And according to experts with the Kyiv-based Defense Express consulting agency, given the short timespan since the design was introduced, Russia is likely having UPAB-1500V in small quantities, along with the munition’s smaller version, UPAB-500V.

Besides, the Russian arms industry has historically been prone to overstretching performance specifications for propaganda purposes.

A ground staff directs the Mig-29 fighter jet of the Ukrainian Air Force after a flight during a training session in a military airbase at the Vasylkiv air base on Nov. 23, 2016. (Danil Shamkin/NurPhoto)

Search for solutions

Nonetheless, even in the present situation with Russian FAB-500s with UMPK kits, the Ukrainian Air Force is beating alarms and calling for solutions.

According to the force’s spokesman Colonel Yuriy Hnat, even if large Russian gliding bombs are launched at the distance of between 20 and 30 kilometers, that’s still a grave danger to Ukrainian front defenses and the close rear.

The only realistic way to counter the threat is, in fact, combating Russian aircraft carrying gliding bombs.

Ukraine’s outdated Mikoyan MiG-29 and Sukhoi Su-27 lack modern longer range air-to-air missiles and sophisticated radars and can’t keep up with more advanced and numerous Russian fighters and its ground air defenses.

The Ukrainian military maintains a multilayered air defense grid on the ground that Russian aircraft can’t break through.

At the same time, the effective range is the problem. Ukrainian S-300 systems can cover a range of up to 75 kilometers, Buk-M1 systems — up to 35 kilometers. But if deployed in rear front areas, between 10 or 15 kilometers behind the front, Ukrainian systems would be almost inevitably spotted by Russian radio-electronic reconnaissance and targeted by any means available, including artillery.

That goes along with the fact that Ukraine has a very limited number of long-range air defense systems that need to defend a country the size of France.

For instance, German-provided IRIS-T systems, which have demonstrated high performance rate, have an operational range of only 25 kilometers – making them not helpful against the 50-kilometer-range guided bombs.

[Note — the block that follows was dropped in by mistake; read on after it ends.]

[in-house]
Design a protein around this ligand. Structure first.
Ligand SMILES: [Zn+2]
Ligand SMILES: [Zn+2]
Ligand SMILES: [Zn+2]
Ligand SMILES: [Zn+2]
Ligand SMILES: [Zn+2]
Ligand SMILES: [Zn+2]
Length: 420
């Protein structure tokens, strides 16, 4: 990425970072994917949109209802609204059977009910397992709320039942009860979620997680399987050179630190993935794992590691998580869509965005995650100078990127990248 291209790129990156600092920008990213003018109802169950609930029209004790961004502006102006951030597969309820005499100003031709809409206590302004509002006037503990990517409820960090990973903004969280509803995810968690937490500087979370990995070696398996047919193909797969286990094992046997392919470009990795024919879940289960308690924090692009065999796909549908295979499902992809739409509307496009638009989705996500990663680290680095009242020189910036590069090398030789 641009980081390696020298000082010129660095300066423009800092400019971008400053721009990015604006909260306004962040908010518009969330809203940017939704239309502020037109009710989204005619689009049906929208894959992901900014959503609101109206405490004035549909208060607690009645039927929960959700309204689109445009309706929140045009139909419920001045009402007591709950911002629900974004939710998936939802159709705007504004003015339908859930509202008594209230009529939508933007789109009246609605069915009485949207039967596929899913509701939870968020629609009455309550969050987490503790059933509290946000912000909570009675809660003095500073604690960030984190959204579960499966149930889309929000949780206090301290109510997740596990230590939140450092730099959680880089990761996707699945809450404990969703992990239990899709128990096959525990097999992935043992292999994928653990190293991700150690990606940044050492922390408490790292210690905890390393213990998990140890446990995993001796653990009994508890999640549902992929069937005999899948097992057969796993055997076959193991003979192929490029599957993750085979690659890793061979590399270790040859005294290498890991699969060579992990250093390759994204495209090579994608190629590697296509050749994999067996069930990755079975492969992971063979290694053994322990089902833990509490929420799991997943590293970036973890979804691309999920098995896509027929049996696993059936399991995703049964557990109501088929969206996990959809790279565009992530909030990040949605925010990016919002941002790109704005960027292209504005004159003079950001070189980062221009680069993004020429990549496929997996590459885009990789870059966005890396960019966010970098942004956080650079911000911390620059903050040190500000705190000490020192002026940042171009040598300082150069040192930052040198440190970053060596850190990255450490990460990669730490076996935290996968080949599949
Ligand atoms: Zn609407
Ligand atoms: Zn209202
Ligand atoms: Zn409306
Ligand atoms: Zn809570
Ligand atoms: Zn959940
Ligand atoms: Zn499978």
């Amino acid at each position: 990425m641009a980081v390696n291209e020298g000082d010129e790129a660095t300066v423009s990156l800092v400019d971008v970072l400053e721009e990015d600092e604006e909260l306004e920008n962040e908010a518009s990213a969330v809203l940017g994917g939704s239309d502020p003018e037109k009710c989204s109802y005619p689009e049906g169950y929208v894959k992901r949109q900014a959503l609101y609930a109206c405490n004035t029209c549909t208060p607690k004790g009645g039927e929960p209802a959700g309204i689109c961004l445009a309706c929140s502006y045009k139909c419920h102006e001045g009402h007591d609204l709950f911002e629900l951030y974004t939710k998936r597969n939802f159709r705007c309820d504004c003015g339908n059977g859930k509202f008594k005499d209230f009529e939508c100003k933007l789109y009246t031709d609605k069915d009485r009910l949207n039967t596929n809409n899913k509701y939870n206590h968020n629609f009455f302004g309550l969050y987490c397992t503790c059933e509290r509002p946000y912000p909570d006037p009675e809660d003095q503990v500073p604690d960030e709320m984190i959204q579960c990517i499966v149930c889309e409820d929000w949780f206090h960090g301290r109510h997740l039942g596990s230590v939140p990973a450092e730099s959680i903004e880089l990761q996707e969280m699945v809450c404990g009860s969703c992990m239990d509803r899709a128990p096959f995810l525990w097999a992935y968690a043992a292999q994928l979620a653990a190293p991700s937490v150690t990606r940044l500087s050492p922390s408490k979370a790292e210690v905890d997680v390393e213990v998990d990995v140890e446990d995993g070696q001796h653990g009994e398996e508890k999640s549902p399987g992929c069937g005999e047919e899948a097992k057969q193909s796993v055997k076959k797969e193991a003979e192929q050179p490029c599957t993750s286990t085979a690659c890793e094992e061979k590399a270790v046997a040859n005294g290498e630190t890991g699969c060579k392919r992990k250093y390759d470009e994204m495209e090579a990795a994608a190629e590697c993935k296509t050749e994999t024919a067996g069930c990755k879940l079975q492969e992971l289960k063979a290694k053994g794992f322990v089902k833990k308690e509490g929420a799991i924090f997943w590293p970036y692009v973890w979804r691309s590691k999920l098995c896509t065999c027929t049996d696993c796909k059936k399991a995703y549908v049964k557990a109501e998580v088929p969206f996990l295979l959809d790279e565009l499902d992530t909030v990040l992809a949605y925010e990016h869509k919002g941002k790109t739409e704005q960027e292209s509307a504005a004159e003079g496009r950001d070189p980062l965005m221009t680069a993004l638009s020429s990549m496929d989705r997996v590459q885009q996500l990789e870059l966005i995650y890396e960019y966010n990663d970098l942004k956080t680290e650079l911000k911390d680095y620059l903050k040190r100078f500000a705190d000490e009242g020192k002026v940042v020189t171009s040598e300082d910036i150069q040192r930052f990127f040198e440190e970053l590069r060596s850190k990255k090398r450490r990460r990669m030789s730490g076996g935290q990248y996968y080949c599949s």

According to Ukraine’s Air Force, U.S.-provided MIM-104 Patriot and Franco-Italian systems SAMP/T, with their effective range of up to 150 kilometers, can be part of the solution to the new Russian threat.

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But at the same time, Ukraine currently expects up to three Patriot batteries (up to eight launchers in each) and one SAMP/T battery, which are also primarily expected to shield the country from Russian ballistic missiles.

Besides, if deployed closer to front-line areas, with less protection from the surrounding air defense grid, top systems will also be a number one target for Russian missiles and jamming.  

The Ukrainian Air Force sees the best possible solution in acquiring modern multirole aircraft, particularly General Dynamics F-16s, along with AIM-120 air-to-air missiles.

The missile’s old versions AIM-120A/B produced in the 1990s, are believed to have an operational range of up to 50 kilometers. Also, the AIM-120C family was modernized to an effective range of nearly 100 kilometers.

So far, the U.S. has been firmly refusing to provide Ukraine with fighter jets.

According to reports in Western media, there is currently research into the possibility of adapting AIM-120 missiles for Ukrainian MiG-29 fighters, in a similar fashion it happened with HARM anti-radiation missiles.

But, according to Defense Express, with AIM-120s, unlike previous adaptations, such development is unreasonably more complex, and, therefore, unsustainable.

A steady contact and the effective use of AIM-120s with old Soviet fighters wound require up to 60% of MiG-29s airborne hardware to be replaced and re-fashionвed, the agency says.

The main issue is that MiG-29s radars designed for R-27 air-to-air missiles do not cover the distances necessary to direct AIM-120s properly.

The solution? Obtaining modern fighter jets – the very thing Ukraine has been pressuring the allies for.

“It makes more sense (for the allies) to switch to using the designed AIM-120 carriers right away,” the agency siad.

“For instance, the F-16s.”


Note from the author:

Hello! My name is Illia Ponomarenko, the guy who wrote this piece for you.

I hope you found it useful and interesting. I work day and night to bring you quality stories from Ukraine, where Russia is waging the biggest war in Europe since WWII. My little homeland, Donbas, is now the site of the worst fighting. We are helping to keep the world informed about Russian aggression.

But I also need help from every one of you — to support Ukrainian wartime journalism by donating to the Kyiv Independent and becoming our patron. Together, we can help bring peace to Ukraine.